The conference room at the Pinellas Park Library is big and empty. The table is long. But the two women sit shoulder-to-shoulder, their heads nearly touching, each holding the edge of the same worn workbook. Ann Palmer, the woman on the left, slowly draws her polished fingernail beneath each word. Linda Barrett, the woman on the right, blinks behind her wire-rimmed bifocals. "The plants at the for … the for-est … the forest!" Linda reads. "Wow!" "Very good," Ann nods. "Keep going." "The plants at the forest floor are about a me … a me-ter high." Linda stops and looks at Ann, puzzled. "What's a me-ter?" For three years now, every Wednesday, for an hour-and-a-half, the women have been working together at the library. They're almost the same age, both mothers, both love the library. Though Linda used to hate it.
Ann, 56, is a former human resources manager who now volunteers full time as the head of the Literacy Council of St. Petersburg.
Linda, 58, used to live with her mom because she couldn't write a grocery list, couldn't dial 911, couldn't read.
Ann taught Linda how to hold a pencil so it wouldn't hurt her left hand, how to tell a B from a D by using her fists, how to write letters. Not just her name. All of them.
"A meter is about a yard, just over 3 feet," says Ann. "They use meters to measure things in Europe."
"Wow!" says Linda. "I only knew a water meter. Wow!
• • •
For a long time, for 30 years, Linda says, it didn't matter. If you don't know what it means to read, if you don't know what you're missing, how can you care?
You pick up little tricks to fool people, to adapt: Study the first letter of street signs, learn PAR- means it's okay to park. In restaurants, when the menus don't have pictures, just order a hamburger. Even recipes sometimes have symbols, especially on the side of box mixes.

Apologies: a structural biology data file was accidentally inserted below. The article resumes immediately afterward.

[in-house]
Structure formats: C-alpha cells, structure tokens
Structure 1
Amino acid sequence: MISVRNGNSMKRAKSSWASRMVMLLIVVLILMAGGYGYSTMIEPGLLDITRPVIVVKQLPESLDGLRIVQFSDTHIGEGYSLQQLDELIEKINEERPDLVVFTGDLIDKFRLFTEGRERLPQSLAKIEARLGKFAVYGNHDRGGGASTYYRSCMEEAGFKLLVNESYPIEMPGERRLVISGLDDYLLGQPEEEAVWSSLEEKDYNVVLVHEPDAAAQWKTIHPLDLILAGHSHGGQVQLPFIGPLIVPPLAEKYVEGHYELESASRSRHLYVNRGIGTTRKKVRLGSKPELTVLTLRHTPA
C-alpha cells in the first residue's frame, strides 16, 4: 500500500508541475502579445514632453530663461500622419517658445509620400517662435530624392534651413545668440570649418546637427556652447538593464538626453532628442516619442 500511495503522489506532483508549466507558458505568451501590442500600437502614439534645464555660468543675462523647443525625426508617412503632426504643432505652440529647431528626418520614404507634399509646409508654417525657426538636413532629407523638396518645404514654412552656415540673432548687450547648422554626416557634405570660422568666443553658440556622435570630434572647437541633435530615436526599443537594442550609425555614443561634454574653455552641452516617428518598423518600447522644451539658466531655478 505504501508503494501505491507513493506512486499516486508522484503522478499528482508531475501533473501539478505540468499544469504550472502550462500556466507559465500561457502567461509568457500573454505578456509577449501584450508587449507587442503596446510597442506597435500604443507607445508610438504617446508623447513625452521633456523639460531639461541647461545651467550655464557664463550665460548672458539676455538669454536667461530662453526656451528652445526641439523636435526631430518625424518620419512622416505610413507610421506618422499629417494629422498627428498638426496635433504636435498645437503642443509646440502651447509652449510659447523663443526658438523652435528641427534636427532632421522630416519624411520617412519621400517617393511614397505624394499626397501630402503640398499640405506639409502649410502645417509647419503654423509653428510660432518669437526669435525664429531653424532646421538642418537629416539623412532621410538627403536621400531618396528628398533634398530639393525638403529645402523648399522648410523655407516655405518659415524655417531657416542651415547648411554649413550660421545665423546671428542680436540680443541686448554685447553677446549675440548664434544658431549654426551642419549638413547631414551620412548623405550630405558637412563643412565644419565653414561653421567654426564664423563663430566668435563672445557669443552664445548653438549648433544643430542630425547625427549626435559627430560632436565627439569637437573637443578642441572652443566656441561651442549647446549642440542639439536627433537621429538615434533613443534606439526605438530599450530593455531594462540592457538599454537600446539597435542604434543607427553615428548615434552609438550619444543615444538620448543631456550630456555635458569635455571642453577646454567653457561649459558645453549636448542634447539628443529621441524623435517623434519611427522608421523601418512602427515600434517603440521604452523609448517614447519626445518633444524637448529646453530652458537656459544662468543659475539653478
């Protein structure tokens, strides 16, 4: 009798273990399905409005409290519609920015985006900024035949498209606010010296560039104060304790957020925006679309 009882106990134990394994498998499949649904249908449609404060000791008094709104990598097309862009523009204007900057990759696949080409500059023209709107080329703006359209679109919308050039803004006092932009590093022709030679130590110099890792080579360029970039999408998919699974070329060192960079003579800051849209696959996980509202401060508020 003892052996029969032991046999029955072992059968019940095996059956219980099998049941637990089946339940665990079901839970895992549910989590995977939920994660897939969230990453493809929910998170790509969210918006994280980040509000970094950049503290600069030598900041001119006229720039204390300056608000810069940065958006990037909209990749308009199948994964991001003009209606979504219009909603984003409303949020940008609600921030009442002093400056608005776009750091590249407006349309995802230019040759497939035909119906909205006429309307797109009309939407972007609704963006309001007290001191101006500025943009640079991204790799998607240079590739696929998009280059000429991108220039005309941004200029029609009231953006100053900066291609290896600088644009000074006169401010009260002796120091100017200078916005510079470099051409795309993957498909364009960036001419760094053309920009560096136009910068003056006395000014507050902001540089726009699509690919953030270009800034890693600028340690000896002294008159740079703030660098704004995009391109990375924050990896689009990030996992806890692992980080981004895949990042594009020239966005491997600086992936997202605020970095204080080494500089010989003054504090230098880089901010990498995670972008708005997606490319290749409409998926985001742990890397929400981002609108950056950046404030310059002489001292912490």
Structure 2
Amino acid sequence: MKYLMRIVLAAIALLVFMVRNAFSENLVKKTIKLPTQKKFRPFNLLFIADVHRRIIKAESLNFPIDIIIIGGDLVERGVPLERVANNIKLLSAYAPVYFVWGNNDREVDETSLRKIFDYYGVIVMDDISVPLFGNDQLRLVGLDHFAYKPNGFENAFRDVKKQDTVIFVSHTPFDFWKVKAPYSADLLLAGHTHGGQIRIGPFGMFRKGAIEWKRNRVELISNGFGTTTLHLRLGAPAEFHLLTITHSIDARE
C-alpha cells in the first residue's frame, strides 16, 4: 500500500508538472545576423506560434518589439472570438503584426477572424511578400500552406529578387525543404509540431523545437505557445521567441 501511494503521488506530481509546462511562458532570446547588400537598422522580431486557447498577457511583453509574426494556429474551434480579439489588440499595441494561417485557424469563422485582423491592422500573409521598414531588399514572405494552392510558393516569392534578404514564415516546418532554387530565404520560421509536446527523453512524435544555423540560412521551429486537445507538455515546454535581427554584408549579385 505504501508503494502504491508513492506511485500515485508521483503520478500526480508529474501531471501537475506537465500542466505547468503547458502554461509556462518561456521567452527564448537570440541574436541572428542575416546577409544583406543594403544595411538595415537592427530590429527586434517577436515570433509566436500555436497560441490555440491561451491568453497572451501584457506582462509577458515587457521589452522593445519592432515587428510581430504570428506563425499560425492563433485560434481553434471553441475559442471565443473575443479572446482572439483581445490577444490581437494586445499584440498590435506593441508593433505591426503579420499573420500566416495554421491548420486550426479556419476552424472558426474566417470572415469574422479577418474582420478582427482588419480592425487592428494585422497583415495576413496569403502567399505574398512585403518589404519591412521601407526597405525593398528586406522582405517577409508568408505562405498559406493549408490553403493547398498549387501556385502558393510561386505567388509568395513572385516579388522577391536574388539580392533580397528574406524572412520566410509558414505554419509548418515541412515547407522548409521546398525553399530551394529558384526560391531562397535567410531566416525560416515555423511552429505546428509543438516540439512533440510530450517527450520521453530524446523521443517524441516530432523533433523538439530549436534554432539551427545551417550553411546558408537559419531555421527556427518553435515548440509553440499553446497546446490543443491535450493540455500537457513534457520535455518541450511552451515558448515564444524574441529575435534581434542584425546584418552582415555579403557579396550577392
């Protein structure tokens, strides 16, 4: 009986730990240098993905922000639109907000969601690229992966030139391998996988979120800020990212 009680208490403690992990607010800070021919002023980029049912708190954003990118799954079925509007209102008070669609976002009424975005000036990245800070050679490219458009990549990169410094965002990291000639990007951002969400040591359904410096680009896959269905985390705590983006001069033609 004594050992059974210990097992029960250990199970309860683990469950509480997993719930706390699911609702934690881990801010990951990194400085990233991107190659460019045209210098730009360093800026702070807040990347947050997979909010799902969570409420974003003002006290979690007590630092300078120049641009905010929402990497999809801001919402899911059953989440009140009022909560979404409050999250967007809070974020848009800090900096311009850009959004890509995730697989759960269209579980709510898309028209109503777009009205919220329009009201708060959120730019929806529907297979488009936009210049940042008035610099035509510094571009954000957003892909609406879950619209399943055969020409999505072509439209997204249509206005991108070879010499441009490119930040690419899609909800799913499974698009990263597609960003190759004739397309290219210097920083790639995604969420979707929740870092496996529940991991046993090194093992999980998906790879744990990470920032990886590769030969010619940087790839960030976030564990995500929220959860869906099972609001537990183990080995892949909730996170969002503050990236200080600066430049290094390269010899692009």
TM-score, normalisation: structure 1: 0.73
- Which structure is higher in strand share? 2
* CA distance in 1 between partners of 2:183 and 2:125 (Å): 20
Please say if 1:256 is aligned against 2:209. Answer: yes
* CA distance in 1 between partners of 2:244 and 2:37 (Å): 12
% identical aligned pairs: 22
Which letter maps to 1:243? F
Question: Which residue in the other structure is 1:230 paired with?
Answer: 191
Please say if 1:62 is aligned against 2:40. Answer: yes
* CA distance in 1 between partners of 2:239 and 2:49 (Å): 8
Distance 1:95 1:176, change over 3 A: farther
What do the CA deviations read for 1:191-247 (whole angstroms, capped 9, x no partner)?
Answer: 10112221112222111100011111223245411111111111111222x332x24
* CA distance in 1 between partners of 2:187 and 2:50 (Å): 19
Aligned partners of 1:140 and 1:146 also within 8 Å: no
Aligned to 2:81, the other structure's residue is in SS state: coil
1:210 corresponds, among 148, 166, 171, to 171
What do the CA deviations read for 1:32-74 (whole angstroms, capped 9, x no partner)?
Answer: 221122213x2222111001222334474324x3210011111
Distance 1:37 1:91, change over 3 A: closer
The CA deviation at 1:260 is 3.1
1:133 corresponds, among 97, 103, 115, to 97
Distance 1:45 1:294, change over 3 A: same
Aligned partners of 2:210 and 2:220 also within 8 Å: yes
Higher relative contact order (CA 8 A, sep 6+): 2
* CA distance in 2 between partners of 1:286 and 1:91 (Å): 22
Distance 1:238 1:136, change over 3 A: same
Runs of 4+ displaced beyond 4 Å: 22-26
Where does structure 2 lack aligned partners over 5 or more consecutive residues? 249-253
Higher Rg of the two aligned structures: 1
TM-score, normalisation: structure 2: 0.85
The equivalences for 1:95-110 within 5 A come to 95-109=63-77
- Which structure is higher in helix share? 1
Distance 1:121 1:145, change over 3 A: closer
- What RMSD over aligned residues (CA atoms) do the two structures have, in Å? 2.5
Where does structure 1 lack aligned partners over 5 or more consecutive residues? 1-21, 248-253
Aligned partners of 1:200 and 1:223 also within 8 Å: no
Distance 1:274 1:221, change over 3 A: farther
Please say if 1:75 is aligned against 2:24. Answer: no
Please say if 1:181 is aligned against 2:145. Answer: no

Of course it's hard. Of course you screw up. Like that time she got a ticket for parking when the sign said "PAR-ade route." And that waitress who laughed at her in Morrison's Cafeteria: "We don't have hamburgers!" And all those boxes of brownies that never turned out. They need a picture that says you have to stir . . .
"When I moved to Florida, I couldn't imagine that so many adults couldn't read," says Ann. In New Mexico, she spent years teaching Hispanics to read and write English. But here, she says, most of her students are Florida natives who were just never taught — or never caught on.
Across America, an estimated 40 million adults have "below basic" literacy skills. The biggest group, according to the 2003 National Assessment of Adult Literacy, is people age 65 and older.
These are folks who can't decipher a bus schedule or fill out an insurance form, who can't pay a bill or use a map or read a prescription.
Some dropped out of school to work, raise babies, join the service. Some skated by and earned diplomas. Many, like Linda, were written off as "unteachable."
In Pinellas County, Ann says, about 20 percent of adults are "below basic" readers. Her volunteer group, which started in 1968, gets students who have been referred from employers, social service agencies, homeless shelters. Volunteers teach reading and writing through the Laubach literacy program, a phonetic-based method pioneered in the Philippines during the 1930s.
Last year, 80 tutors in the southern half of Pinellas County worked with 87 students one-on-one in schools and libraries. In the past five years, they have helped more than 300 people learn to read. More than half of the tutors — and students — are older than 50. "You're never too old to learn to read," says Ann. "You just have to want to."
Ann's first Florida student was 83; when his wife died, he knew he had to be able to read his pill bottles. Another was a church deacon; he just wanted to be able to read the Bible. A mother wanted to write her son a birthday card. A father wanted to show his kids he could earn his GED. One man wanted to become a boat captain, but couldn't read all the rules.